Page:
Scientists developed non-insulin drug candidate for diabetic patients
Indian-origin scientist of Columbia University developed the non-insulin drug candidate for diabetic patients.
Indian-origin scientist Arnab De of Columbia University developed the non-insulin drug candidate for diabetic patients in collaboration with Richard Di Marchi of Indiana University. It was published in the journal Peptide Science in first week of April 2014.
A non-insulin drug candidate for diabetic patients will help eliminate the risk of low-blood glucose shock in case of insulin overdose.
Usually, patients use insulin to keep their sugar levels in check. An overdose of insulin can lead to low blood-glucose (hypoglycemia) which may cause diabetic-coma and be life-threatening. Insulin treatment has also been reported to cause weight-gain which may intensify the diabetic condition.
Scientist found a peptide hormone in the gut called GLP1 that increases the secretion of insulin only when the blood glucose is high. GLP1 also will stimulate weight-loss and it offers the modernized treatment of Type II diabetes and reduces obesity.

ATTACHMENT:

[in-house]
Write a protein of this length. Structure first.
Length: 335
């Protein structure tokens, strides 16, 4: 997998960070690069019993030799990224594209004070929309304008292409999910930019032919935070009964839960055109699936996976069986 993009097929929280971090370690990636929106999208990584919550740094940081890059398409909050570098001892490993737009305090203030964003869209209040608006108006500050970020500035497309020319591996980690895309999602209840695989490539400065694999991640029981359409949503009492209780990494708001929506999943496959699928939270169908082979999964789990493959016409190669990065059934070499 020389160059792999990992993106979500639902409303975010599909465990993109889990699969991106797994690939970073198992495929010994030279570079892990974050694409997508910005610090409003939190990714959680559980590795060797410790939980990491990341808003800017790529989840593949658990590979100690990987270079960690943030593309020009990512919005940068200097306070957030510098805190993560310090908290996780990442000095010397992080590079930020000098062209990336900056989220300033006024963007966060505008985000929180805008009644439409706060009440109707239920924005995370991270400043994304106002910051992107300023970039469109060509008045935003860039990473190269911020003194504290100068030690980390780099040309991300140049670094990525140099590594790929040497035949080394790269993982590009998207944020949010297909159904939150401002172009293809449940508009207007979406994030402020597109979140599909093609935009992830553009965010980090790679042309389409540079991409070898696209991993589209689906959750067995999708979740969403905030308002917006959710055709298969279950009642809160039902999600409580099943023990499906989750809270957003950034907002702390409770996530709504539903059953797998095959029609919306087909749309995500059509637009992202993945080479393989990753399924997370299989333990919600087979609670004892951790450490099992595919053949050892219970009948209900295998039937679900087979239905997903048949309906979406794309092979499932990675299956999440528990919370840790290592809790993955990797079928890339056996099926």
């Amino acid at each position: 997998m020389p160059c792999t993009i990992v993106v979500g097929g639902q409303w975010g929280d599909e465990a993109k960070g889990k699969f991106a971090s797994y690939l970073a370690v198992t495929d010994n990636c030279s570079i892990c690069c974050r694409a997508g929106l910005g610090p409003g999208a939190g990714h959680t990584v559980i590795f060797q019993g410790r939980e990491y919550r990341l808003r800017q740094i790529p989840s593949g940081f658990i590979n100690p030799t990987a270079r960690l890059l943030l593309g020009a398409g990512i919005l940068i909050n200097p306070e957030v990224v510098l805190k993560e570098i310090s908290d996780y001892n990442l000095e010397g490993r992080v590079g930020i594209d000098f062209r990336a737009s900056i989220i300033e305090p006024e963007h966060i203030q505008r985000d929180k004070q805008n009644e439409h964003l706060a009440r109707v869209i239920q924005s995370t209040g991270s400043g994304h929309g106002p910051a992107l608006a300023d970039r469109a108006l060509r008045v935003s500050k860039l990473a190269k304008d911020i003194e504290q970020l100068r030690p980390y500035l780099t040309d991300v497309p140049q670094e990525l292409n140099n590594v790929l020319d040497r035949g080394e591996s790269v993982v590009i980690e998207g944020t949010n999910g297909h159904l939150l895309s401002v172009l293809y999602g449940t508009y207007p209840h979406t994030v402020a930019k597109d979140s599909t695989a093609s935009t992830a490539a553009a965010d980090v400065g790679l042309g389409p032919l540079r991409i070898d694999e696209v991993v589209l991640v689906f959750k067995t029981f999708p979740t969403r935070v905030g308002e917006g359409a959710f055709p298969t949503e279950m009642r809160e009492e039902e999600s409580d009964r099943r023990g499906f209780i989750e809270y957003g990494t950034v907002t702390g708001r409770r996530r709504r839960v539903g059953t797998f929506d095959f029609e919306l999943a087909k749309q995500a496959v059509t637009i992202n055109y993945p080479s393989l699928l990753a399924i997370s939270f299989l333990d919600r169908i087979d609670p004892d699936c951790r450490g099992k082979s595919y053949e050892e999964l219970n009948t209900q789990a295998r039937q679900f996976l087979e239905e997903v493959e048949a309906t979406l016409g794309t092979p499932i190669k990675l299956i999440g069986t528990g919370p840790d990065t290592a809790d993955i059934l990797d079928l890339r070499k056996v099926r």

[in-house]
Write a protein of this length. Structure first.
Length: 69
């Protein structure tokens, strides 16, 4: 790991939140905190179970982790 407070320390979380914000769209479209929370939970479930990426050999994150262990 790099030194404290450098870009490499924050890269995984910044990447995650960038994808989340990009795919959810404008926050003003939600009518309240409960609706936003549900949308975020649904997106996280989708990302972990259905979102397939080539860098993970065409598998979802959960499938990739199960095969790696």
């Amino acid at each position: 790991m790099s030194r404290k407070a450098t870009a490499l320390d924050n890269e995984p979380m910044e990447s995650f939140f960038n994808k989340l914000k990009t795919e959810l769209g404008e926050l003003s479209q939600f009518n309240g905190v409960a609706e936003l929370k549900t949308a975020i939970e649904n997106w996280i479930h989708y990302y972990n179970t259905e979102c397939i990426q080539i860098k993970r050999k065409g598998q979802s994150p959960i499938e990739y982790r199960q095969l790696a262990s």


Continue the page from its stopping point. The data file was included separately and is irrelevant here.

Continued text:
GLP-1 has an extremely short half-life of two minutes and this instability will hamper its effectiveness in patients. To extend the duration of GLP-1 action the scientists visualized a pro-drug and in their research found several options to prolong the peptide action to once-a-day and once-a-week formulations.
The GPL-1 based pro-drug is needed to be taken only once a week. It is opposed to have after every meal. The pro-drug not only helps to defend against obesity and perhaps against Alzheimers disease also. It represents a patient-friendly, diabetic therapeutic.
Indiana University Research and Technology Corporation (IURTC) have applied for patents internationally on these pro-drugs in the world-wide market.